A former UN peacekeeper on the war in Ukraine
[Written by Don Burgess]
Former UN peacekeeper Jeff Baron said NATO should do more to help Ukraine in its war against Russia.
In 2007-2008, Mr. Baron served with Ukrainian and Russian UN peacekeepers in the Balkans. “There was tremendous camaraderie,” he said. “As a response team, when we needed a lift, the Russians would take us in helicopters. None of us were diplomats or executives or had anything to do with the function. executive of the mission area or mandate, he added that the main objective was to protect international personnel and stabilize the region.
Mr Baron said he had served alongside people from Ethiopia, Switzerland, Austria, the United States, Russia and Ukraine. “It’s almost a cliché, but it’s like a Benetton commercial, but the camaraderie was great.”
He said there was no possibility for the UN to try to keep the peace in Ukraine at this time. Mr. Baron added that in the event of a ceasefire, the UN could then discuss the advisability of a peacekeeping mandate. “With the instability in the region right now, if there is a ceasefire through force or diplomacy, you could see a UN administration put in place a mandate to keep the peace, and that would be appropriate.
“There needs to be a line drawn where the West and NATO are trying to push diplomacy forward, so they don’t have to use air or ground forces to chase forces,” Baron said. . “They want to use diplomacy, which is always the best case scenario. ”
He stressed that NATO should do more, with the former UN peacekeeper adding that Russia should be pressured to have honest diplomatic talks to agree a ceasefire. “They have to draw a line in the sand and say, ‘When are we going to commit troops to help Ukraine, then?'”
While the West has imposed sanctions on Russia, “the Russians are advancing towards Ukraine, and Ukraine is fighting a hell of a fight. You see this tremendous leadership with the President of Ukraine [Volodymyr Zelenskyy], which wins hearts and minds. But in the end, it has a shelf life.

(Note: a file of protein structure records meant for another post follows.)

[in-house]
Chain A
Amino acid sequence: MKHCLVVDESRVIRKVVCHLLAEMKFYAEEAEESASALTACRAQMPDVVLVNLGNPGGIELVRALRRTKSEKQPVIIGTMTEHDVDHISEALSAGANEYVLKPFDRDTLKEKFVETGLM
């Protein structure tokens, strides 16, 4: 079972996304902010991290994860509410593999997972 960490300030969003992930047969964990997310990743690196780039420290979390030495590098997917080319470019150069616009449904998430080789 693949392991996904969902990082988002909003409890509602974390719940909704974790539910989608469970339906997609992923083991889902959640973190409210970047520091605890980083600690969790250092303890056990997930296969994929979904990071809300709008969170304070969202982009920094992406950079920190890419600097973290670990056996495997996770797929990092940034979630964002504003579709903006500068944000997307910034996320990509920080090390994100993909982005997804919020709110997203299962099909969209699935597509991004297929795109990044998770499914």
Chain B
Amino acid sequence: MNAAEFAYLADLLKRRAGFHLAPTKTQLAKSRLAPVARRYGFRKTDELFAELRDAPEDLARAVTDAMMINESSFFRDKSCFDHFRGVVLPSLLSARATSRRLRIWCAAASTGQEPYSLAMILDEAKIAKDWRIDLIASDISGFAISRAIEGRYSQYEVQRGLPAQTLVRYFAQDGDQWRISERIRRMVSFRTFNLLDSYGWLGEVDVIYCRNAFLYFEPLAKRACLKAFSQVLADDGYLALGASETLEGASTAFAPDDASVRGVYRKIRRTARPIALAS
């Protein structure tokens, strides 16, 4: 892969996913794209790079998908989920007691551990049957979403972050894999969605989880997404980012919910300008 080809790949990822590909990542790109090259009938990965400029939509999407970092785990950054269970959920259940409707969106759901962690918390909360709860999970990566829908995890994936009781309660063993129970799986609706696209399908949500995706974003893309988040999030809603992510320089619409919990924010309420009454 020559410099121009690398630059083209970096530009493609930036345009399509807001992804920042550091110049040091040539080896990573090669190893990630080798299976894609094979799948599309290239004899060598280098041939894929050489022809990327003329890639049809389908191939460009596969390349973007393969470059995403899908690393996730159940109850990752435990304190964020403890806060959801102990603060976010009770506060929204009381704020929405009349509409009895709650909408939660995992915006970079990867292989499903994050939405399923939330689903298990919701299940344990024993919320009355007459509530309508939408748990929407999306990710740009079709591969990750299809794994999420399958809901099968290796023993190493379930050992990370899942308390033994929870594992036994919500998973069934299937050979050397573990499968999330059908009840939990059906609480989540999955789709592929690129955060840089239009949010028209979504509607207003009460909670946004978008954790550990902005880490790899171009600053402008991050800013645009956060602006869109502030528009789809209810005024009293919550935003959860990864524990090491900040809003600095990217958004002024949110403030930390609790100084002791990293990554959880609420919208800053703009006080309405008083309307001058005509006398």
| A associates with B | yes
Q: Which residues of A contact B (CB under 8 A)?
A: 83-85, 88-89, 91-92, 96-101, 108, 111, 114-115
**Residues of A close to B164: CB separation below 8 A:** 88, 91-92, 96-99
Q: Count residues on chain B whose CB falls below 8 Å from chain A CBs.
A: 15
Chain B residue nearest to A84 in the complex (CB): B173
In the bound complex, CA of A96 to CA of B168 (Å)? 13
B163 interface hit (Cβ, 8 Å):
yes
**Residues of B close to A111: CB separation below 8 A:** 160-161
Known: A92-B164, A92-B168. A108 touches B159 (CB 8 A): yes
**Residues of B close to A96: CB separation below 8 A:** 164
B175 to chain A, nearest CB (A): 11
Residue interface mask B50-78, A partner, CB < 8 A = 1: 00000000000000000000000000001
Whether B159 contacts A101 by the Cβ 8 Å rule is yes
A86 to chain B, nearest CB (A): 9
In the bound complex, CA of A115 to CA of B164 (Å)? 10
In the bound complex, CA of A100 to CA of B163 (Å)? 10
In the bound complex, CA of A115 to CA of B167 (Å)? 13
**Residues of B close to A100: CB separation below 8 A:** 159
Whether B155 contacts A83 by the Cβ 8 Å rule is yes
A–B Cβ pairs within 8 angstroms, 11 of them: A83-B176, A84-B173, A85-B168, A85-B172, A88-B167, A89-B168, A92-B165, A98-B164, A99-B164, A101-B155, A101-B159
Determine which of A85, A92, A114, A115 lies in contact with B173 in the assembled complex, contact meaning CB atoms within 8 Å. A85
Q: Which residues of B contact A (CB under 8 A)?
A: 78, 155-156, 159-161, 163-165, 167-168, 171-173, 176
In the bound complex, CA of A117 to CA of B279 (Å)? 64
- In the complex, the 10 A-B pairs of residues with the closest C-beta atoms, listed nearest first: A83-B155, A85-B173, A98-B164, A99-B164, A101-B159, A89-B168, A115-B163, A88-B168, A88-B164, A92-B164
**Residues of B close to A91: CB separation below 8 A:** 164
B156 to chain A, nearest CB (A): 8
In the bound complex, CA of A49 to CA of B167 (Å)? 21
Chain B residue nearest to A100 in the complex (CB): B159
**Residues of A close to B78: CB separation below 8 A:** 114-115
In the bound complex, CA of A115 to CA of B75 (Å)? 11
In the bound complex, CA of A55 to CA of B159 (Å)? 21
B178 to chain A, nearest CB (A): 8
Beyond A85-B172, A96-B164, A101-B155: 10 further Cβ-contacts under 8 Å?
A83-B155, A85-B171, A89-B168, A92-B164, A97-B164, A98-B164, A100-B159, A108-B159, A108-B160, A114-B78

So far, he agrees with analysts who say the Russian military appears “ill-prepared”. He said Russian air and ground troops appeared uncoordinated in their attacks. “They didn’t capture the airspace and dominate it. This is surprising because the Russian army is quite proud of its product. The ground crews are poorly coordinated. They ask for directions in Ukraine. There are many broken down vehicles that have run out of gas. Logistically, this seems quite embarrassing. This is surprising given the size, scope and funding of the Russian military. You would think it would be an all-out bombardment, and it would be a coordinated and rapid attack, but it is anything but.
He praised the small pockets of Ukrainian forces formed by the military and the communes who took up arms and resisted the Russians. Mr. Baron said it was deja vu of what happened to them in Afghanistan. “The Mujahideen were not well funded, they were just creative and smart with their tactics. They also knew their battlefield much better, as did the Ukrainians. They are at home. Even civilians undermine the mighty Russian military using these creative and collaborative solutions. It’s quite interesting to read but totally embarrassing for Russia.
He believes that the airspace must be controlled and that NATO must step up its efforts. Baron said the good news is that NATO gathered unanimously around the table and took action for the first time. Sanctions targeting Russian oligarchs appear to be effective.
Help came in the form of soldiers of war leaping into the fire.
“There are former British soldiers, former American soldiers. They fly to Poland just so they can take up arms and cross the border to help Ukraine fight.
If you would like to help, a fundraising page has been set up on Ptix to donate to the Ukraine Red Cross. You can donate here.
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